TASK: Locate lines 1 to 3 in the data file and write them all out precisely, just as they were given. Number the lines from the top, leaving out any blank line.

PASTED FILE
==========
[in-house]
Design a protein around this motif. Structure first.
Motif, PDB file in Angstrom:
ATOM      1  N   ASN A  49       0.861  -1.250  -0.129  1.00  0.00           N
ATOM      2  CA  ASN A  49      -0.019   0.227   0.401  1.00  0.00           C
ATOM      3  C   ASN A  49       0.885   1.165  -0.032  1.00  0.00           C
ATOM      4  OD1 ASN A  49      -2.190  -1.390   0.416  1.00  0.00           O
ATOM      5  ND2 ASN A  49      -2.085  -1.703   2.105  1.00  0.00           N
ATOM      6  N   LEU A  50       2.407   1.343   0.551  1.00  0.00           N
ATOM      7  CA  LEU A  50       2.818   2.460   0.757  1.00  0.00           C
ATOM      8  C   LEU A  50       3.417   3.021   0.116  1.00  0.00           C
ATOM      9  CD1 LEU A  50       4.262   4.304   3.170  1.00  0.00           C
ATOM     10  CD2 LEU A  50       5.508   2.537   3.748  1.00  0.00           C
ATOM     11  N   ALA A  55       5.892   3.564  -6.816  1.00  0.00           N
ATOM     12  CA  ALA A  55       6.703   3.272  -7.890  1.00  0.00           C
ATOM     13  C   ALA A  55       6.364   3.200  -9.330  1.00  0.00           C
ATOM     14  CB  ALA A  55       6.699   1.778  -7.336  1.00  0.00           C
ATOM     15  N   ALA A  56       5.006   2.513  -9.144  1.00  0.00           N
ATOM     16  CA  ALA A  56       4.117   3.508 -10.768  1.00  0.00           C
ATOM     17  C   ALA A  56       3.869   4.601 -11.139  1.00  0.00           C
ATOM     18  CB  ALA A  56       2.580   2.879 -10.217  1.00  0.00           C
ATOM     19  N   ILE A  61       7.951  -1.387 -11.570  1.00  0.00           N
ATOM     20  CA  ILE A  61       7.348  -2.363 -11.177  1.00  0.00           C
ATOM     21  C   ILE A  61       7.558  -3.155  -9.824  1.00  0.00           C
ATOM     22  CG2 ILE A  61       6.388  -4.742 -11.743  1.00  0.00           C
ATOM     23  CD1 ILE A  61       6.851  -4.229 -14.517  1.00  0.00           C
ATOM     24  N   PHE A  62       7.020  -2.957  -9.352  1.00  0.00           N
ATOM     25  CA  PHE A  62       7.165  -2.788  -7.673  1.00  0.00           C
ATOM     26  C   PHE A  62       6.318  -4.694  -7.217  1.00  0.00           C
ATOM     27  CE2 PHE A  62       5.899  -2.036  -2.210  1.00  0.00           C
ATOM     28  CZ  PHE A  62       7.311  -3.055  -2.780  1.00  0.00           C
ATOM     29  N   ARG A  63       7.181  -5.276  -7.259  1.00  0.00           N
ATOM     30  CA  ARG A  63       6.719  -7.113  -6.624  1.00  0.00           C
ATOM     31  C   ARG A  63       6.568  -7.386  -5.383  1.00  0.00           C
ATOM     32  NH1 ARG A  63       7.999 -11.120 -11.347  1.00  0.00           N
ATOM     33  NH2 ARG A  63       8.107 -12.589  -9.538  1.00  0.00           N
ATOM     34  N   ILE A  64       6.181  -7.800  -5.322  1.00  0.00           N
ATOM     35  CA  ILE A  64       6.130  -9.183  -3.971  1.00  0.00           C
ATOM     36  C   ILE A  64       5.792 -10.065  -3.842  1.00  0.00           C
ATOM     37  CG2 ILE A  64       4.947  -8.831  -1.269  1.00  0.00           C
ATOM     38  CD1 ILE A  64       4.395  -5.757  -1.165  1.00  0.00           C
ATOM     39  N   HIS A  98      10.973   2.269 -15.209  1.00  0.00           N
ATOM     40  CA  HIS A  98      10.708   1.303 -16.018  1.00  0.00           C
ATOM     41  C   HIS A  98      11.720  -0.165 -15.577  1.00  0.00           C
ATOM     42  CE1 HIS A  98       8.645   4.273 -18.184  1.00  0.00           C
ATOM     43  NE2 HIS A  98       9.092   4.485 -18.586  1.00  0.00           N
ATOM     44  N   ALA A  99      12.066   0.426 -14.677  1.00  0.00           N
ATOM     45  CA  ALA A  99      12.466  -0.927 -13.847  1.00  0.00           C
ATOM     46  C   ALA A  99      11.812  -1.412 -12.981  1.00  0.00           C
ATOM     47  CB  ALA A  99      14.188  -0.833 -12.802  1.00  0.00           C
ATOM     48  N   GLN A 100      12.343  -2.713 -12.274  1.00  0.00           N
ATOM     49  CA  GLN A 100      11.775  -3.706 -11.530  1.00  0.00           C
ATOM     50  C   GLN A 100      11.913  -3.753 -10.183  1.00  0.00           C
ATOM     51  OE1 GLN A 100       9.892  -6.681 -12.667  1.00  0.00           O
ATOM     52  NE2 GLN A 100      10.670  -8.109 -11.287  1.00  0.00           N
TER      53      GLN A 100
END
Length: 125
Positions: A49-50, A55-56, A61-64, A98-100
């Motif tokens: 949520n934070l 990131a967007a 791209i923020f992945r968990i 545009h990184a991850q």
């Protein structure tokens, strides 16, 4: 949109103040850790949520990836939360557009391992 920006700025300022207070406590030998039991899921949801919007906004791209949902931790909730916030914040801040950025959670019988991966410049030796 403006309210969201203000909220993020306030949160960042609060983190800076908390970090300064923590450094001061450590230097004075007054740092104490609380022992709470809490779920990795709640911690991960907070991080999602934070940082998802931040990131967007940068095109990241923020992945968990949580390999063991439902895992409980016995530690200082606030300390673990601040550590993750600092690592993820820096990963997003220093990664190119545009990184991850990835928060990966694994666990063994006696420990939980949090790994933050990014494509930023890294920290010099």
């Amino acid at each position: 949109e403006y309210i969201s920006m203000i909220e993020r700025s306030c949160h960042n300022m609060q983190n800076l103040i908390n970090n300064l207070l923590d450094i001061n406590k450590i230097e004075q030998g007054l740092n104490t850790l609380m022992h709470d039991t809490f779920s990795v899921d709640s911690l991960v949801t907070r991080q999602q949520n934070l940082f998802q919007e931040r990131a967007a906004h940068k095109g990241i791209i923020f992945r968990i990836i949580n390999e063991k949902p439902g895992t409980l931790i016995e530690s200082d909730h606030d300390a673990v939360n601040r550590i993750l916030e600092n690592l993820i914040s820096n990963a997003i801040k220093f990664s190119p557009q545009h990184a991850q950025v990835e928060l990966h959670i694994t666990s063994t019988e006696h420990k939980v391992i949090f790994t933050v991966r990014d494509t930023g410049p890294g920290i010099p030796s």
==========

[in-house]
Design a protein around this motif. Structure first.
Motif, PDB file in Angstrom: